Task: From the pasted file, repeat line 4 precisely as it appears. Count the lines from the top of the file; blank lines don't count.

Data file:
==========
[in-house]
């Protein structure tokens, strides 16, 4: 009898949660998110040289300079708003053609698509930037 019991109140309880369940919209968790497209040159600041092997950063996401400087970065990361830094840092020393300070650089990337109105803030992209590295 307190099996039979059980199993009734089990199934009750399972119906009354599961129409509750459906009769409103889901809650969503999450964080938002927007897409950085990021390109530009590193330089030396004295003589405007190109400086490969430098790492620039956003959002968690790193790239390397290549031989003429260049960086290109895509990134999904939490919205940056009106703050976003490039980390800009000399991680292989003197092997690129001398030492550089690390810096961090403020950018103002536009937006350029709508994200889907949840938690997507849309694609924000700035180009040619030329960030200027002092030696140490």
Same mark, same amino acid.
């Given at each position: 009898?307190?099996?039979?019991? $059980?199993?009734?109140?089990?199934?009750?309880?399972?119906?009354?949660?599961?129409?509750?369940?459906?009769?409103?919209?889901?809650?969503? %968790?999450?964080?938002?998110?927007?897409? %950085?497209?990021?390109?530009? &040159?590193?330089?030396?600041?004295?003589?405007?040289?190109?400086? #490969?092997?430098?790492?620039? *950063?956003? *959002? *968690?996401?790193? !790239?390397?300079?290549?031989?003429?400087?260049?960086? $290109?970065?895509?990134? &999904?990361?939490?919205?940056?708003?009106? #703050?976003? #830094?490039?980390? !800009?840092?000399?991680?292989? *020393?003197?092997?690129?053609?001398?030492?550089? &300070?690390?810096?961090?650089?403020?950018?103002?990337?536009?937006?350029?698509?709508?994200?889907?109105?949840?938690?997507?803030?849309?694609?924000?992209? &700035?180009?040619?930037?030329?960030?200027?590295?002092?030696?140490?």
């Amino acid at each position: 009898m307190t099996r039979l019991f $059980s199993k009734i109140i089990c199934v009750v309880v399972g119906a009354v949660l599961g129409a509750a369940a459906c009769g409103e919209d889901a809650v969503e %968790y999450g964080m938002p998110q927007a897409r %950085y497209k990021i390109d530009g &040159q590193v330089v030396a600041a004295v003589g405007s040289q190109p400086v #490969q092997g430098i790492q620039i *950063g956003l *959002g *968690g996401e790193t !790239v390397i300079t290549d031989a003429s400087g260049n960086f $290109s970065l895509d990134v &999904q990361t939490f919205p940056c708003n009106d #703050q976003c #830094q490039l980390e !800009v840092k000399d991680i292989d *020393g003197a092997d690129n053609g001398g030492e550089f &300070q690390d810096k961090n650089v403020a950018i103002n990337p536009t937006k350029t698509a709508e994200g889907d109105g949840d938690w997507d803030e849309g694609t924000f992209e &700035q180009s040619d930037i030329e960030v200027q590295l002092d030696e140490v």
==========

């Given at each position: 009898?307190?099996?039979?019991? $059980?199993?009734?109140?089990?199934?009750?309880?399972?119906?009354?949660?599961?129409?509750?369940?459906?009769?409103?919209?889901?809650?969503? %968790?999450?964080?938002?998110?927007?897409? %950085?497209?990021?390109?530009? &040159?590193?330089?030396?600041?004295?003589?405007?040289?190109?400086? #490969?092997?430098?790492?620039? *950063?956003? *959002? *968690?996401?790193? !790239?390397?300079?290549?031989?003429?400087?260049?960086? $290109?970065?895509?990134? &999904?990361?939490?919205?940056?708003?009106? #703050?976003? #830094?490039?980390? !800009?840092?000399?991680?292989? *020393?003197?092997?690129?053609?001398?030492?550089? &300070?690390?810096?961090?650089?403020?950018?103002?990337?536009?937006?350029?698509?709508?994200?889907?109105?949840?938690?997507?803030?849309?694609?924000?992209? &700035?180009?040619?930037?030329?960030?200027?590295?002092?030696?140490?």